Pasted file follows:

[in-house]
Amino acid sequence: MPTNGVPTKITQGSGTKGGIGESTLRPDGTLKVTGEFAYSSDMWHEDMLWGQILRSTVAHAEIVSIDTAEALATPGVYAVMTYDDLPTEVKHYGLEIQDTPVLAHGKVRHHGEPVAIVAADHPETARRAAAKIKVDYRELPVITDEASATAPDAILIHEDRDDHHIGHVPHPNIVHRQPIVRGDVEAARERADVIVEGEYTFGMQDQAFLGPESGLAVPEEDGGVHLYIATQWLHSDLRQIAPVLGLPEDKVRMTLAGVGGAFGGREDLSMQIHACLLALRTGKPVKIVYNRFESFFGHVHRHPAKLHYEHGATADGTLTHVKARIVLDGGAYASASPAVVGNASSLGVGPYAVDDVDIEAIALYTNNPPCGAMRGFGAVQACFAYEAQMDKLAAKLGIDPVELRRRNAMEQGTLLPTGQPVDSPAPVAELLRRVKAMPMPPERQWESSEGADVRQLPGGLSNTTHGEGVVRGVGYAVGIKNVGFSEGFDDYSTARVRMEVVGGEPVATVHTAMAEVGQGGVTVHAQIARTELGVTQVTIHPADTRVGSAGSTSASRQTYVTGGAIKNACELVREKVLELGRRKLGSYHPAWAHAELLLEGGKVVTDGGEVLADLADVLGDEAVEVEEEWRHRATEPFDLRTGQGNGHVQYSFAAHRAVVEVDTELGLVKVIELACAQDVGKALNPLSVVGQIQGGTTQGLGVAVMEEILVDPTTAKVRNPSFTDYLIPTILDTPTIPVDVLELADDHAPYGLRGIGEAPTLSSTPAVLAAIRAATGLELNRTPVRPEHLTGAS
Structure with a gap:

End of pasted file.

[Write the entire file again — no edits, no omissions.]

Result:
[in-house]
Amino acid sequence: MPTNGVPTKITQGSGTKGGIGESTLRPDGTLKVTGEFAYSSDMWHEDMLWGQILRSTVAHAEIVSIDTAEALATPGVYAVMTYDDLPTEVKHYGLEIQDTPVLAHGKVRHHGEPVAIVAADHPETARRAAAKIKVDYRELPVITDEASATAPDAILIHEDRDDHHIGHVPHPNIVHRQPIVRGDVEAARERADVIVEGEYTFGMQDQAFLGPESGLAVPEEDGGVHLYIATQWLHSDLRQIAPVLGLPEDKVRMTLAGVGGAFGGREDLSMQIHACLLALRTGKPVKIVYNRFESFFGHVHRHPAKLHYEHGATADGTLTHVKARIVLDGGAYASASPAVVGNASSLGVGPYAVDDVDIEAIALYTNNPPCGAMRGFGAVQACFAYEAQMDKLAAKLGIDPVELRRRNAMEQGTLLPTGQPVDSPAPVAELLRRVKAMPMPPERQWESSEGADVRQLPGGLSNTTHGEGVVRGVGYAVGIKNVGFSEGFDDYSTARVRMEVVGGEPVATVHTAMAEVGQGGVTVHAQIARTELGVTQVTIHPADTRVGSAGSTSASRQTYVTGGAIKNACELVREKVLELGRRKLGSYHPAWAHAELLLEGGKVVTDGGEVLADLADVLGDEAVEVEEEWRHRATEPFDLRTGQGNGHVQYSFAAHRAVVEVDTELGLVKVIELACAQDVGKALNPLSVVGQIQGGTTQGLGVAVMEEILVDPTTAKVRNPSFTDYLIPTILDTPTIPVDVLELADDHAPYGLRGIGEAPTLSSTPAVLAAIRAATGLELNRTPVRPEHLTGAS
Structure with a gap: